Waiting in the Cafeteria of Saint Joseph Medical Center, Joliet
Joliet Union, the six PM train. Dean, my brother, collected me, his pickup in the queue with all of the others with their headlights on, ready to go. It was that kind of neighborhood. I used to live here with Dean and our father. I lived in Chicago now and didn’t come here much anymore.
Dean yawned when I got in the car.
“Did you want me to drive?” I said.
“No. It’s five minutes.”
“Are we going straight there?”
Dean glanced at me. “I told you, Kate. They want us to say goodbye.”
“Again,” I said. “Told to say goodbye again.”
Dean pulled into the traffic. “Is this tiring for you?”
There was no good answer to that.
Dean’s hands were large, work-roughened on the steering wheel, splattered with whatever tilers used, and never completely clean. I wanted to tell him about the Art Institute where I worked, that I would be flying to Tokyo next week with five priceless Corot’s for an exhibition. You cannot believe the insurance, I would say. You cannot believe the care.
Dean drank his Red Bull. “Been up since four this morning,” he said.
“He smoked two packs a day for thirty five years. There will be consequences,” the doctor told us and Dad had suffered—two heart attacks, a stroke, diabetes, an amputated leg from the knee, and glaucoma.
We entered the foyer of Saint Joseph’s and the smell of hospital-grade antiseptic mixed with reheated food made me want to throw up.
I pulled on Dean’s arm, stopping him. “I need a minute.”
“See you up there. Ward C4, bed 51,” he said and left.
I sat outside on the steps with the smokers. It was November cold. I checked my phone and there were three missed calls and two text messages from Vincent:
Don’t go. I can take you.
Thirty minutes later:
You’ve gone. I can pick you up.
The apostrophes—I loved them. On the train I had silenced my phone, switching it to vibrate. His missed calls, his text messages, I felt through my purse. It was easier that way, to let him speak.
I called Vincent and he picked up with the first ring.
“I can’t do this,” I said, and heard him leave a meeting, closing a door behind him.
“Can’t do what?” he said. “See your Dad?”
“He was awful sometimes.”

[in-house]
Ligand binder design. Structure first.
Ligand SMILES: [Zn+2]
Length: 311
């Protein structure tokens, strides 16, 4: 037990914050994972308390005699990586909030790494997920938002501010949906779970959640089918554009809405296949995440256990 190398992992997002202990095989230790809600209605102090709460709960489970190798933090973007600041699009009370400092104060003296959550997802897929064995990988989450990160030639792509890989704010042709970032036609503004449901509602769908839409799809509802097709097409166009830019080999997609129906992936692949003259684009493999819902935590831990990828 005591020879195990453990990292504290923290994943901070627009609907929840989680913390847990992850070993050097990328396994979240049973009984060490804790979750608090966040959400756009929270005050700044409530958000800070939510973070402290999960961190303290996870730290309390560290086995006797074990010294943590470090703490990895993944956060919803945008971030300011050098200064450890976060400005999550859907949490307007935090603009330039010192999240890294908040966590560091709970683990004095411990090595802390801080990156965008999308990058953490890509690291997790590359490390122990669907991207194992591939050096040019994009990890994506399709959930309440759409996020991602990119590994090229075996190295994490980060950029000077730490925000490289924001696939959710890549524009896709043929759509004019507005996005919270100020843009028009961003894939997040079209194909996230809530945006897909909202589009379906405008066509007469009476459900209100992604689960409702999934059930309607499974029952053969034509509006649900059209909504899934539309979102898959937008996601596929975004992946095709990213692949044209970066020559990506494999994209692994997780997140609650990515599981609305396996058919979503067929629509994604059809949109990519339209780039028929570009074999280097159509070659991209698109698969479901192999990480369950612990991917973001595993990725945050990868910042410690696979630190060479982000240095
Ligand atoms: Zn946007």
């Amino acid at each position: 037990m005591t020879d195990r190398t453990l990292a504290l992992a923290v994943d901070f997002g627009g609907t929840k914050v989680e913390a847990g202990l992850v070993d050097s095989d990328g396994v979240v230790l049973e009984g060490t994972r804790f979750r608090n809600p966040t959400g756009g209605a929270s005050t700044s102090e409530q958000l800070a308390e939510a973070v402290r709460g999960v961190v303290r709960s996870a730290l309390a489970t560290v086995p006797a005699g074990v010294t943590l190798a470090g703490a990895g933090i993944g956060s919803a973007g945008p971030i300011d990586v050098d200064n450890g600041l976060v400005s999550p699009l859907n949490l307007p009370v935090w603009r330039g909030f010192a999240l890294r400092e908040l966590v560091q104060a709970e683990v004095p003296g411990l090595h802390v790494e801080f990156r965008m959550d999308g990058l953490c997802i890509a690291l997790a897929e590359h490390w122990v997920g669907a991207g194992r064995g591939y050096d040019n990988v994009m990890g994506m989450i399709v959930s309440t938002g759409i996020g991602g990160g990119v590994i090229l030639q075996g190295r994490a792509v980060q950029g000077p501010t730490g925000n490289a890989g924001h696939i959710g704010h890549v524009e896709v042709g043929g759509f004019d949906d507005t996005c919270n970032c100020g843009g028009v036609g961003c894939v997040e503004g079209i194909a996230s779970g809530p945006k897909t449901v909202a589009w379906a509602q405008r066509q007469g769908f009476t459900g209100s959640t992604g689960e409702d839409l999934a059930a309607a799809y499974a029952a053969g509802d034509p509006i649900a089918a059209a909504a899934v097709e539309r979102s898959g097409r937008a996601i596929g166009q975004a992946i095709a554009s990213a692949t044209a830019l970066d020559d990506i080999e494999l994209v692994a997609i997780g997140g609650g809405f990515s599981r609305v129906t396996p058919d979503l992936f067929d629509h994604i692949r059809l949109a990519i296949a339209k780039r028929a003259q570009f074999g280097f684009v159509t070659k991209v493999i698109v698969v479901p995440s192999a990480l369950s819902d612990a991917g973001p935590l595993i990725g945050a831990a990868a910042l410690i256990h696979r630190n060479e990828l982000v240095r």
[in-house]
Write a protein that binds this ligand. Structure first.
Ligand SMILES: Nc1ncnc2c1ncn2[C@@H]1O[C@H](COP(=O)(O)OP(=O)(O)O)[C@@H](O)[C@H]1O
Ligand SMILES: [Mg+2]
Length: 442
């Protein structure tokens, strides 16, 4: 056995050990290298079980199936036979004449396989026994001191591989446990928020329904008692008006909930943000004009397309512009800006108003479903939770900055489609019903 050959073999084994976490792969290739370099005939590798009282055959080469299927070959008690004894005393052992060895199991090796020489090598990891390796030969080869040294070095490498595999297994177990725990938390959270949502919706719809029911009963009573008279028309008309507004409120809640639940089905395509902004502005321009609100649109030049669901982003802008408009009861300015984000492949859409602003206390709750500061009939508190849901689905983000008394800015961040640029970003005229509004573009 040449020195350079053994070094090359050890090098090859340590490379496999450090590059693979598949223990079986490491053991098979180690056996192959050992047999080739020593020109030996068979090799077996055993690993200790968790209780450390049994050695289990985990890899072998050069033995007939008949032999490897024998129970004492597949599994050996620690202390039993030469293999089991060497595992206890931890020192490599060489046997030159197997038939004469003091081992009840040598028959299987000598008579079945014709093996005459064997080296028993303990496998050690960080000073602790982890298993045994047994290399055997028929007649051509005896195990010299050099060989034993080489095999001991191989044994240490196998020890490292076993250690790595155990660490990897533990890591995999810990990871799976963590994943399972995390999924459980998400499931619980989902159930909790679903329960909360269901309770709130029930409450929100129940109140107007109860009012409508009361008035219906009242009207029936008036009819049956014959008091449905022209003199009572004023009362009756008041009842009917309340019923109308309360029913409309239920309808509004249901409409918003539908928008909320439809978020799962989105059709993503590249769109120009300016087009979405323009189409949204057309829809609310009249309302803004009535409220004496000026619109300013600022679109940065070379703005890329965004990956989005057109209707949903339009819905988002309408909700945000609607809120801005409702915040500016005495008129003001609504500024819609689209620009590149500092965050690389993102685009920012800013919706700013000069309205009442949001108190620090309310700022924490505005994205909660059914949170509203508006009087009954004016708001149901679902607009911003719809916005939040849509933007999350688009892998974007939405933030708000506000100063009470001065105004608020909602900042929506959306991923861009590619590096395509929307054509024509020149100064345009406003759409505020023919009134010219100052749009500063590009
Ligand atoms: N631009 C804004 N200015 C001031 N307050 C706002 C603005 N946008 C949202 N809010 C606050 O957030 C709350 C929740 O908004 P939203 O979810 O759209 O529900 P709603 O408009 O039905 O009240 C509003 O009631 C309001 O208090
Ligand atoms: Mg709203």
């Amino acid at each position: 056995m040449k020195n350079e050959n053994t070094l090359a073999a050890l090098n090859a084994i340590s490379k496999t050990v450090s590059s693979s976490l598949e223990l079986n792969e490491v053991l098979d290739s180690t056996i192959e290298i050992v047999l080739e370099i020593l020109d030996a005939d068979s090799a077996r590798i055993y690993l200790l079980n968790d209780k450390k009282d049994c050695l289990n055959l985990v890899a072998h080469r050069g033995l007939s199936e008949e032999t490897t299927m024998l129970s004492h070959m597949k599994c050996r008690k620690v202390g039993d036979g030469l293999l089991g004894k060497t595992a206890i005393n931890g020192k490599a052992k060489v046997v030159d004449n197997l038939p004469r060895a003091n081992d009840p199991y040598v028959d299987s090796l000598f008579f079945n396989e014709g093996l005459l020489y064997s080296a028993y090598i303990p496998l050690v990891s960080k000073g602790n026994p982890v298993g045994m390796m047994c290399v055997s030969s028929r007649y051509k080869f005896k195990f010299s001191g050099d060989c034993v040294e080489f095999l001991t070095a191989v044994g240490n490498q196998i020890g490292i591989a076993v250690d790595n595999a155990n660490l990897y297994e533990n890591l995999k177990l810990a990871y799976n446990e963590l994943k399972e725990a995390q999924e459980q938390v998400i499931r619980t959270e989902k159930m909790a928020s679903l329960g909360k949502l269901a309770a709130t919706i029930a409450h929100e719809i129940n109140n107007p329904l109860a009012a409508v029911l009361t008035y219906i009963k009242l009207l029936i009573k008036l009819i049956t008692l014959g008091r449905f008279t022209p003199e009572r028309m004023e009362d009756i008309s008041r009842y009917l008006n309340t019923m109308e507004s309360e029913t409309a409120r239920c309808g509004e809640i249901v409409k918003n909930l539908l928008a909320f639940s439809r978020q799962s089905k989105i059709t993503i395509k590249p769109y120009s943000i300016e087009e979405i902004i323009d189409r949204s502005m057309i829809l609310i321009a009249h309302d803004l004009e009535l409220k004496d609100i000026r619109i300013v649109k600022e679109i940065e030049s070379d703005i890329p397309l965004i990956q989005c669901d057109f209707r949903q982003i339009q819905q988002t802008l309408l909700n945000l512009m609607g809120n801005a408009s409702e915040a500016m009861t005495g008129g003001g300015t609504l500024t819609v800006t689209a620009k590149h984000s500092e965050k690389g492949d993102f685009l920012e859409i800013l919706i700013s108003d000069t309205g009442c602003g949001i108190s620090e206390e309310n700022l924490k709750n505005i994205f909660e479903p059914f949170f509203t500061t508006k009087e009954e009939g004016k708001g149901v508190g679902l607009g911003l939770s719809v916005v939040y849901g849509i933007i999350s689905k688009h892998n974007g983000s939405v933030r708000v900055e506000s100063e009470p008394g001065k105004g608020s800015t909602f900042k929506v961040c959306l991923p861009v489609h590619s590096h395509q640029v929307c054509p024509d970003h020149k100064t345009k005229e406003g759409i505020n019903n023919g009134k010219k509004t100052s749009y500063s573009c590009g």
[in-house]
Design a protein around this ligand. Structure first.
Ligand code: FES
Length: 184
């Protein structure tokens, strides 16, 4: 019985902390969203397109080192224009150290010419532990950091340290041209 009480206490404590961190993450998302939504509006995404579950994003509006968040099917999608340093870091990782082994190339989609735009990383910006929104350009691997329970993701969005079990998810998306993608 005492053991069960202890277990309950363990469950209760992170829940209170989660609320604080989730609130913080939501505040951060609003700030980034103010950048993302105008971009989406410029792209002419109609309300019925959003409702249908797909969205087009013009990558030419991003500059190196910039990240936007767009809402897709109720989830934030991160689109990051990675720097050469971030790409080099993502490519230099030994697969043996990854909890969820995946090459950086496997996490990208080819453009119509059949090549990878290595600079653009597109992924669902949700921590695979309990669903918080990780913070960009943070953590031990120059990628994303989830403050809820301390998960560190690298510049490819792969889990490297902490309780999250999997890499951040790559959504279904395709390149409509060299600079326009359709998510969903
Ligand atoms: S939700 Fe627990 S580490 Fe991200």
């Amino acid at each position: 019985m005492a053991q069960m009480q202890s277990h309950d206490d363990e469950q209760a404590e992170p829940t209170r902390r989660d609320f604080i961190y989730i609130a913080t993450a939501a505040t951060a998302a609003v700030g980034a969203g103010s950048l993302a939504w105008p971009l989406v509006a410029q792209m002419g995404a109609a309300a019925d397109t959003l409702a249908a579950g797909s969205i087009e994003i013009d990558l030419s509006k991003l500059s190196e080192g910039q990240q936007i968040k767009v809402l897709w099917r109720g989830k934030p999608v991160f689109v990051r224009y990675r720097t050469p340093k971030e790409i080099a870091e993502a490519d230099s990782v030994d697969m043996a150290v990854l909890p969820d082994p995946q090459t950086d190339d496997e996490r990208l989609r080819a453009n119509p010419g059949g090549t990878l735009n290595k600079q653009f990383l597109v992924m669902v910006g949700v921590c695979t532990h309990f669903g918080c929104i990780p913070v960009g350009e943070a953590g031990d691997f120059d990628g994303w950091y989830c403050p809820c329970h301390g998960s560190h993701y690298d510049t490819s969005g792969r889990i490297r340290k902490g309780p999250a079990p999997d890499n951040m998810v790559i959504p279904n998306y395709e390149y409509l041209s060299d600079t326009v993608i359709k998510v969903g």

I could leave right now, right fucking now. Vincent would still be in a seventh floor conference room of the Art Institute. We could get sushi after his meeting.
“Have you seen him?” Vincent said.
“Do it. I’ll pick you up from the hospital. I’ll be—” and he would be checking his watch, calculating. “I’ll be an hour and a half. Okay?”
I went to put my phone away when a message arrived from Dean: Where r u? I responded, spelling out each word, hating his abbreviations: You know where I fucking am.
“Eurydice Wounded” was my favorite of the Corot paintings. Eurydice sat studying the snake bite on her foot, knowing the wound was fatal, her body starting to seize and color. I told Vincent it was my favorite, saying it into his warm neck, in his warm bed.
“I don’t want anything to happen to that painting,” I said.
Vincent’s hand closed over the back of my head. “It won’t.”
Vincent laughed. “Exactly,” he said. “You know Corot painted Eurydice six times, three in which she is alone.”
He didn’t say there was only one of me, but I heard it anyway.
It was for real this time. Dad was not attached to machines, his skin gray and a small stereo beside his bed played his favorite song “Wichita Lineman”, probably on repeat. They had taken out Dad’s teeth and he melted against the sheets.
Dean looked up at me. “Took you long enough,” he said, and swiped his eyes, fierce.
He stood by the bed with his arms crossed high over his chest, as if he had been telling Dad to die. Dean would have arranged the music—a hospital cannot remember these things.
I remained in the doorway. How long was this going to take? No death rattle yet. Wichita Linemen from here to morning. Dad might rise, put his teeth back in and tell me I looked terrible. I was the spitting image of Mom—that was the problem—small boned and dark haired, the same green eyes and straight nose. Mom, dead for twenty one years, since I was seven.
Dad lay still and I knew it would not happen, never again, no more blood on the floor, no more counting my bones.
I tried it when I was sixteen. Maybe everyone did, I didn’t know. The muzzle of Dad’s shotgun pushed under my chin. I held the gun. Dad and Dean were at work. It was loaded with the safety-catch off.
This is how Mom died, I thought. This is how it felt.
“Fuck. Dad’s going to be mad,” I said, aloud into the empty, dusty, musty garage.
I laughed and I loved how crazy it sounded, laughing with a gun pushed so hard against me it made me breathe differently.
Dad’s hand was pale, punctured, bruised purple from the drip he didn’t need any more. I put my hand on his for a moment. My fingernails painted black—he’d hate that. It would not happen, never again, touching his living flesh. I was cold all the way through.
“I’m going downstairs,” I said.
“What?” Dean said.
“Downstairs. To the cafeteria.”
That was how I said goodbye.
In the cafeteria, beside the window, I waited, sipping my coffee that was hot and bitter and smelled of life and love and everything good. I sang under my breath. I thought about me and “Eurydice Wounded” not making it, falling out of the sky above the Pacific. What then?
About the Author: Melissa Goode’s work has appeared in Best Australian Short Stories, The Fiction Desk, Crannóg, Halfway Down the Stairs, Pithead Chapel, and Cleaver Magazine, among others. She has been a featured writer in Bang! She lives in Australia.